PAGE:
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dc.contributor.advisorKillen, Melanieen_US
dc.contributor.authorSinno, Stefanie Marieen_US
dc.date.accessioned2007-06-22T05:37:47Z
dc.date.available2007-06-22T05:37:47Z
dc.date.issued2007-05-03
dc.identifier.urihttp://hdl.handle.net/1903/6936
dc.description.abstractThe present study investigated age related changes in individuals' understanding of the parental role of caretaker from a social reasoning perspective. The methodology involved administering surveys to children, adolescents, and young adults (N = 300). Four hypothetical scenarios were described, in which the amount of caretaking tasks completed and time spent at work varied by gender of the parent, and individuals' evaluations and reasoning about the situations were assessed. Three additional factors that influence social reasoning about the caretaker were investigated, including, participants' gender attitudes, their perceptions of their parents' working status and division of caretaking, and their expectations for their own future family life. Results showed that individuals' judgments and reasoning about the caretaker role vary based on both the family arrangement and the gender of the parent in the caretaker role. Overall, participants' judged that the better arrangement is for one parent to spend less time at work in order to be the primary caretaker. However, it was also found that regardless of work arrangement, it would be better if the mother was the primary caretaker. There were age related changes in social reasoning about the caretaker role, with an overall increase in recognizing the complexity of family situations and reasoning from a moral perspective. In addition, gender attitudes, perception of parental work status and division of caretaking and expectations for future balance of work and family influenced social reasoning. Those individuals with more egalitarian attitudes, perceptions, and expectations were aware of societal expectations of parents' roles, but were accepting of arrangements that did not match with expectations. Thus, the present study addressed issues about the developmental origins of individuals' understanding of gender equity, gender development, and developmental social cognition. Understanding developmental changes in social reasoning about gender roles is important because it affects choice of future career and educational goals and opportunities.en_US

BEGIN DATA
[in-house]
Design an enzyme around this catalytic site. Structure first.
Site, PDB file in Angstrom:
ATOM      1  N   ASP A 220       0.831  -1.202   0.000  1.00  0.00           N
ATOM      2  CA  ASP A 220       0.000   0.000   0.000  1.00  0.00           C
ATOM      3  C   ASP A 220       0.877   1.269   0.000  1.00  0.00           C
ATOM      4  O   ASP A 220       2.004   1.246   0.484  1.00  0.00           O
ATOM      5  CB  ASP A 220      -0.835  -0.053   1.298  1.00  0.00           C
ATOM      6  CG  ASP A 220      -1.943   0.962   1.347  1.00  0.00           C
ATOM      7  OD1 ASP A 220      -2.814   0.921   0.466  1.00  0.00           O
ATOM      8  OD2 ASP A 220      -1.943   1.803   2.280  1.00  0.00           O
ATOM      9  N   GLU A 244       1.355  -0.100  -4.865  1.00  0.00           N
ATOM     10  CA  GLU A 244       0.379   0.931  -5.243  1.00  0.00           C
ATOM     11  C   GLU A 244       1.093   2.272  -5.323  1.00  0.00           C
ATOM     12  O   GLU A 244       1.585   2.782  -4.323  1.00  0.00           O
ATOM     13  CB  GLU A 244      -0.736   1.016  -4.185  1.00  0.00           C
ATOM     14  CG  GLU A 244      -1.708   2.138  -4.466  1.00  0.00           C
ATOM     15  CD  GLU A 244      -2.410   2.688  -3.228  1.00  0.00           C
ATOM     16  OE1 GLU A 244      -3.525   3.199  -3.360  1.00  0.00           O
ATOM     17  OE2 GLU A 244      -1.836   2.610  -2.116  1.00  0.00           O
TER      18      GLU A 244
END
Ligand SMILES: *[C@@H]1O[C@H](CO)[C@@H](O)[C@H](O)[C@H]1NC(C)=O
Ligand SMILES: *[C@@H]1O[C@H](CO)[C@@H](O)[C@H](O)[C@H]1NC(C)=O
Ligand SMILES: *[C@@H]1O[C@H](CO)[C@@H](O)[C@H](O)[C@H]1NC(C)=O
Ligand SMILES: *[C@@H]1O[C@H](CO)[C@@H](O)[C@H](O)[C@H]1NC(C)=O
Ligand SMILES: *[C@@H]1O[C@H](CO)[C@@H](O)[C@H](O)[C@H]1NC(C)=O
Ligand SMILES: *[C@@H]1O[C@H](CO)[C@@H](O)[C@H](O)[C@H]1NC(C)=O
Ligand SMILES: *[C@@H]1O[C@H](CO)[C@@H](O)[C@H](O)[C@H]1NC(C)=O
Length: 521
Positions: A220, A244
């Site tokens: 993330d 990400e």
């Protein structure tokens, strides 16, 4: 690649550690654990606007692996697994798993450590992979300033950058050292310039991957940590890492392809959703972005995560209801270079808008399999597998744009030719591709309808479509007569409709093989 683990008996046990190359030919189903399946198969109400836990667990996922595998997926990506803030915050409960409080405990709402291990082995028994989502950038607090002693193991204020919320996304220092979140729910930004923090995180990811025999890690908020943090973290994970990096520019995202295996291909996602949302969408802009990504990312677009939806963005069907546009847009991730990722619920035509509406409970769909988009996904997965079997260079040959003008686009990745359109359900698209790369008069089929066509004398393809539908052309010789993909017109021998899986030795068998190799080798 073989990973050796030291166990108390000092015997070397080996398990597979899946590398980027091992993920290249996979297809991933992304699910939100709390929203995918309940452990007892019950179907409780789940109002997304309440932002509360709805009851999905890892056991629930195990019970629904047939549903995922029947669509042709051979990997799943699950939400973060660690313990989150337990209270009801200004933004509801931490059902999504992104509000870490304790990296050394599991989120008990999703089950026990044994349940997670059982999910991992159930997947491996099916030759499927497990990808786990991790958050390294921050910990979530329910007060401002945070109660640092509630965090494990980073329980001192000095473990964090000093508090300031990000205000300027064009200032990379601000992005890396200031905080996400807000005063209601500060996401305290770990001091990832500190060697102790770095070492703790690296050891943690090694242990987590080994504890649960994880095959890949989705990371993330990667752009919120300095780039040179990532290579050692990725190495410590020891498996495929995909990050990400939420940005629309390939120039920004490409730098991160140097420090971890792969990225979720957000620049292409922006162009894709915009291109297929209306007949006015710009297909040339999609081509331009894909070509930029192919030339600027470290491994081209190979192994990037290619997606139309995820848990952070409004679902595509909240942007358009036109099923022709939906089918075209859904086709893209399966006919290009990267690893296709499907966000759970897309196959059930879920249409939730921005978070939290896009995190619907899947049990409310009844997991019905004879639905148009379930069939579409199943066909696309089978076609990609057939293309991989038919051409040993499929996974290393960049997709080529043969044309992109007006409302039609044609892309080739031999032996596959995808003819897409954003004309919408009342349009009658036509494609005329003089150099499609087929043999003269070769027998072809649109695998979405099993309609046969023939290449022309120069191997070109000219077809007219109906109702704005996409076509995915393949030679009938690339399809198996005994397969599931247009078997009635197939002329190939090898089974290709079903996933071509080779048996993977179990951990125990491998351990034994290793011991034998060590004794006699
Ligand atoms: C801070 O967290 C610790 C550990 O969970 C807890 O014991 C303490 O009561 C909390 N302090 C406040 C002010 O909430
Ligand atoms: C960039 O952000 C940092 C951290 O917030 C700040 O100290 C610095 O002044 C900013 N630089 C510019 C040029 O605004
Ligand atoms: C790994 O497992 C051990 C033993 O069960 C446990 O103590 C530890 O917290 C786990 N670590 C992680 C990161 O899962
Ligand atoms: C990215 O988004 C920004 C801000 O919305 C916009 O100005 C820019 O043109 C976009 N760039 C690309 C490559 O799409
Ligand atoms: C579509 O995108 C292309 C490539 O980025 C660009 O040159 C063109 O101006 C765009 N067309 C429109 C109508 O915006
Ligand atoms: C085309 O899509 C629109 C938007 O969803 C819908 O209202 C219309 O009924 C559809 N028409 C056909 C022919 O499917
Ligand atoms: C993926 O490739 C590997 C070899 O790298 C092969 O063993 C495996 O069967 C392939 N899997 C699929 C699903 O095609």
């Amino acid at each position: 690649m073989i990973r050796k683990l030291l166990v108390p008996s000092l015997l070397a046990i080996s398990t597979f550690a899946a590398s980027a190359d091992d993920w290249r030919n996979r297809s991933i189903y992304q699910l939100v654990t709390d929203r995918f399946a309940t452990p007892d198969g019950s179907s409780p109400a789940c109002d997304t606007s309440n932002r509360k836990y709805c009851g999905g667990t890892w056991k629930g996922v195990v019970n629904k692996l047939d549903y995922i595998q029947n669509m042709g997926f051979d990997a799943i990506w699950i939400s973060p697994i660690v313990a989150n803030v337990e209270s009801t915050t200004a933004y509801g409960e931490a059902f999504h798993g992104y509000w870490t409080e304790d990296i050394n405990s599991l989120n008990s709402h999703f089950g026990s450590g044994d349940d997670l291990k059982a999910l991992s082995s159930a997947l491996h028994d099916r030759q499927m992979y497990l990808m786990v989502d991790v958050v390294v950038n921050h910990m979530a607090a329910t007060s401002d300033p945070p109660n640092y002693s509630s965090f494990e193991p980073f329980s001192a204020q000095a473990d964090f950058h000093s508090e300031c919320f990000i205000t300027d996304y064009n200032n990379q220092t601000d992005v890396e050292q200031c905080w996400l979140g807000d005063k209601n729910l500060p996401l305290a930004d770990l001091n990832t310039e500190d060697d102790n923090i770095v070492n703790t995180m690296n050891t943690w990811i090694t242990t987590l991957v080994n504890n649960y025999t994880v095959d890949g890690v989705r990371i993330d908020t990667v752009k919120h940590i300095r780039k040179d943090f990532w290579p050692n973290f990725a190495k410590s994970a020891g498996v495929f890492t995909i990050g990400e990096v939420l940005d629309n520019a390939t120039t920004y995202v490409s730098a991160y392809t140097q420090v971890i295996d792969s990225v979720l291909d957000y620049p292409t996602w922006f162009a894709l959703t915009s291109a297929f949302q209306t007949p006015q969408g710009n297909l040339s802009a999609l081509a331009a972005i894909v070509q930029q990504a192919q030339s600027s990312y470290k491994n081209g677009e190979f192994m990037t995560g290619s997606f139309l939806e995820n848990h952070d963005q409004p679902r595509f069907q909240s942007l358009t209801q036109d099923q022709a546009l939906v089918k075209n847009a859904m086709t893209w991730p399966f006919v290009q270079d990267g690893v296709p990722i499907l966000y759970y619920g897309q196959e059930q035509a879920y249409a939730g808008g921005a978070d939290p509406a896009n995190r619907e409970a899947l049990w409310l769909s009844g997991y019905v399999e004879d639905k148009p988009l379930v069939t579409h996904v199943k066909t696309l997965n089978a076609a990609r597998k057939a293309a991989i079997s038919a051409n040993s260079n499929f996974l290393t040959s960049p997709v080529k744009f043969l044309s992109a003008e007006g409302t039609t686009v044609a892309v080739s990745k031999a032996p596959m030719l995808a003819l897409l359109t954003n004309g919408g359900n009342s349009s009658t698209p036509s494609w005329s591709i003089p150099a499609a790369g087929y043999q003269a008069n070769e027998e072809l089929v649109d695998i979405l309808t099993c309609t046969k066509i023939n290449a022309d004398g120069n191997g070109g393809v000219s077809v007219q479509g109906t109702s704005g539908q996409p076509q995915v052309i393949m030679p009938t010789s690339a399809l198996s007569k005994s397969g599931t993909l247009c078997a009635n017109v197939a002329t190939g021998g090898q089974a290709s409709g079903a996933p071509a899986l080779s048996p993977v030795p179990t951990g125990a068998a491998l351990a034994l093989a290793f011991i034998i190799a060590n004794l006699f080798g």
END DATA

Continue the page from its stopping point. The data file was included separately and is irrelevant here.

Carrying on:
dc.format.extent1026165 bytes
dc.format.mimetypeapplication/pdf
dc.language.isoen_US
dc.titleAge related changes in social reasoning regarding parental domestic rolesen_US
dc.typeDissertationen_US
dc.contributor.publisherDigital Repository at the University of Marylanden_US
dc.contributor.publisherUniversity of Maryland (College Park, Md.)en_US
dc.contributor.departmentHuman Developmenten_US
dc.subject.pqcontrolledPsychology, Developmentalen_US
dc.subject.pquncontrolledsocial reasoningen_US
dc.subject.pquncontrolleddevelopmenten_US
dc.subject.pquncontrolledparental rolesen_US
dc.subject.pquncontrolledcaretakeren_US
dc.subject.pquncontrolledgender expectationsen_US
dc.subject.pquncontrolledfamilyen_US


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